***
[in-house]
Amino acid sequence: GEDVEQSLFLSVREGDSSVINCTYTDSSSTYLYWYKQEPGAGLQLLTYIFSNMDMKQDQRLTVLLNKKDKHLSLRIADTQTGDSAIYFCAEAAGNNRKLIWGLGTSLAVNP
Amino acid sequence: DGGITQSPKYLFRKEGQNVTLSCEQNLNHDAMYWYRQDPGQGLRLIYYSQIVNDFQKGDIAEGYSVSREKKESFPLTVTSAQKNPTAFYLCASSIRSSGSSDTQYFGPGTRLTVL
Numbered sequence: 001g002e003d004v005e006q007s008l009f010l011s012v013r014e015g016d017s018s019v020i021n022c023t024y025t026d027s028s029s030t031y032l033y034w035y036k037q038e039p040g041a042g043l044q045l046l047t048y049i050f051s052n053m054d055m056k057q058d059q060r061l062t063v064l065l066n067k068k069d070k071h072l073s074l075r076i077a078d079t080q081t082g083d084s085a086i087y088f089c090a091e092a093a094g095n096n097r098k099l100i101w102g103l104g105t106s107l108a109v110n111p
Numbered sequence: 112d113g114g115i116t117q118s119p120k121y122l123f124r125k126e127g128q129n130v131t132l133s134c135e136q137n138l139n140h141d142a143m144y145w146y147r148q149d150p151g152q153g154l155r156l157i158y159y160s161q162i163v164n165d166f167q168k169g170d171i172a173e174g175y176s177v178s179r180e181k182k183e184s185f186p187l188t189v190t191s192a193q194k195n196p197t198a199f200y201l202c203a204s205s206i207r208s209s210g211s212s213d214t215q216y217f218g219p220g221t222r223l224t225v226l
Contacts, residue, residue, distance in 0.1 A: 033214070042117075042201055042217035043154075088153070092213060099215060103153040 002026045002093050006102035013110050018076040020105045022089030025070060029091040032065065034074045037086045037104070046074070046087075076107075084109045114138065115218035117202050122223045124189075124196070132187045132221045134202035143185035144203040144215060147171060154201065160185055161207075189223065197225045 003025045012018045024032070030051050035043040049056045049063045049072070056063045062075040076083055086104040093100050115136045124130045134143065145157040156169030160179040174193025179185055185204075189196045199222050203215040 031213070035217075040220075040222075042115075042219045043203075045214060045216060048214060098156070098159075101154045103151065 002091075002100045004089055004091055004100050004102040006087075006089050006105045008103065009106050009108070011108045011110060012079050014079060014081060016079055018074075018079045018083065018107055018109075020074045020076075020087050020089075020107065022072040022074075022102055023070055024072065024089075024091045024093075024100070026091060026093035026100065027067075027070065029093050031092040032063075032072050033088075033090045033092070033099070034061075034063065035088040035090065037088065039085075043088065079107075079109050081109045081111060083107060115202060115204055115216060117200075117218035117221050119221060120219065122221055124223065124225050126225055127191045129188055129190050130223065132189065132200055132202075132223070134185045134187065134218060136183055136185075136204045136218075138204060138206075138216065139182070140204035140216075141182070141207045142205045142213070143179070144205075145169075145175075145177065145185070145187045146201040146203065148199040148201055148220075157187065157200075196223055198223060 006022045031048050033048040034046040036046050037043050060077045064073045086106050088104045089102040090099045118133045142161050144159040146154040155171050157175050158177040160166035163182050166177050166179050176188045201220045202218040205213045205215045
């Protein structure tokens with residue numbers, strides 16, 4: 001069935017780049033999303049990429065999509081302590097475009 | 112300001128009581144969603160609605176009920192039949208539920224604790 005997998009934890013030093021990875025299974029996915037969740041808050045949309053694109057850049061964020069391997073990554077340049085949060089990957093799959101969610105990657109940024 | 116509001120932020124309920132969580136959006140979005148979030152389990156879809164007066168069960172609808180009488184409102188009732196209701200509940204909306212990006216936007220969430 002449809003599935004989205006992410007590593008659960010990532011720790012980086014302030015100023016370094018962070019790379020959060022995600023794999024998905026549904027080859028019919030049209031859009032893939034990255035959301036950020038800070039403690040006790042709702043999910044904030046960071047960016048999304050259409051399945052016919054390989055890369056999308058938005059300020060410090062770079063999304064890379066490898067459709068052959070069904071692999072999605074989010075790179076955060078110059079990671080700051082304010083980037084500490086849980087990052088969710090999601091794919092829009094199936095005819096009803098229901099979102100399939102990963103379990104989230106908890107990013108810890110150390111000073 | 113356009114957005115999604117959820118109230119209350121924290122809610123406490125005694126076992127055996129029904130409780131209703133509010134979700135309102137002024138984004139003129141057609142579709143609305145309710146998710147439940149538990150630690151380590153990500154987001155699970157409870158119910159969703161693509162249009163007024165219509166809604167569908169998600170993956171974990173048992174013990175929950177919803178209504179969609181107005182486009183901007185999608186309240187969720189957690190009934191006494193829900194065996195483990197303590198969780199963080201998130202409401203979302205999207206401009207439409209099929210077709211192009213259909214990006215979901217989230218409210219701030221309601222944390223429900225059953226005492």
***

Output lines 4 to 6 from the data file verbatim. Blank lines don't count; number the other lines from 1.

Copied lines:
Numbered sequence: 001g002e003d004v005e006q007s008l009f010l011s012v013r014e015g016d017s018s019v020i021n022c023t024y025t026d027s028s029s030t031y032l033y034w035y036k037q038e039p040g041a042g043l044q045l046l047t048y049i050f051s052n053m054d055m056k057q058d059q060r061l062t063v064l065l066n067k068k069d070k071h072l073s074l075r076i077a078d079t080q081t082g083d084s085a086i087y088f089c090a091e092a093a094g095n096n097r098k099l100i101w102g103l104g105t106s107l108a109v110n111p
Numbered sequence: 112d113g114g115i116t117q118s119p120k121y122l123f124r125k126e127g128q129n130v131t132l133s134c135e136q137n138l139n140h141d142a143m144y145w146y147r148q149d150p151g152q153g154l155r156l157i158y159y160s161q162i163v164n165d166f167q168k169g170d171i172a173e174g175y176s177v178s179r180e181k182k183e184s185f186p187l188t189v190t191s192a193q194k195n196p197t198a199f200y201l202c203a204s205s206i207r208s209s210g211s212s213d214t215q216y217f218g219p220g221t222r223l224t225v226l
Contacts, residue, residue, distance in 0.1 A: 033214070042117075042201055042217035043154075088153070092213060099215060103153040 002026045002093050006102035013110050018076040020105045022089030025070060029091040032065065034074045037086045037104070046074070046087075076107075084109045114138065115218035117202050122223045124189075124196070132187045132221045134202035143185035144203040144215060147171060154201065160185055161207075189223065197225045 003025045012018045024032070030051050035043040049056045049063045049072070056063045062075040076083055086104040093100050115136045124130045134143065145157040156169030160179040174193025179185055185204075189196045199222050203215040 031213070035217075040220075040222075042115075042219045043203075045214060045216060048214060098156070098159075101154045103151065 002091075002100045004089055004091055004100050004102040006087075006089050006105045008103065009106050009108070011108045011110060012079050014079060014081060016079055018074075018079045018083065018107055018109075020074045020076075020087050020089075020107065022072040022074075022102055023070055024072065024089075024091045024093075024100070026091060026093035026100065027067075027070065029093050031092040032063075032072050033088075033090045033092070033099070034061075034063065035088040035090065037088065039085075043088065079107075079109050081109045081111060083107060115202060115204055115216060117200075117218035117221050119221060120219065122221055124223065124225050126225055127191045129188055129190050130223065132189065132200055132202075132223070134185045134187065134218060136183055136185075136204045136218075138204060138206075138216065139182070140204035140216075141182070141207045142205045142213070143179070144205075145169075145175075145177065145185070145187045146201040146203065148199040148201055148220075157187065157200075196223055198223060 006022045031048050033048040034046040036046050037043050060077045064073045086106050088104045089102040090099045118133045142161050144159040146154040155171050157175050158177040160166035163182050166177050166179050176188045201220045202218040205213045205215045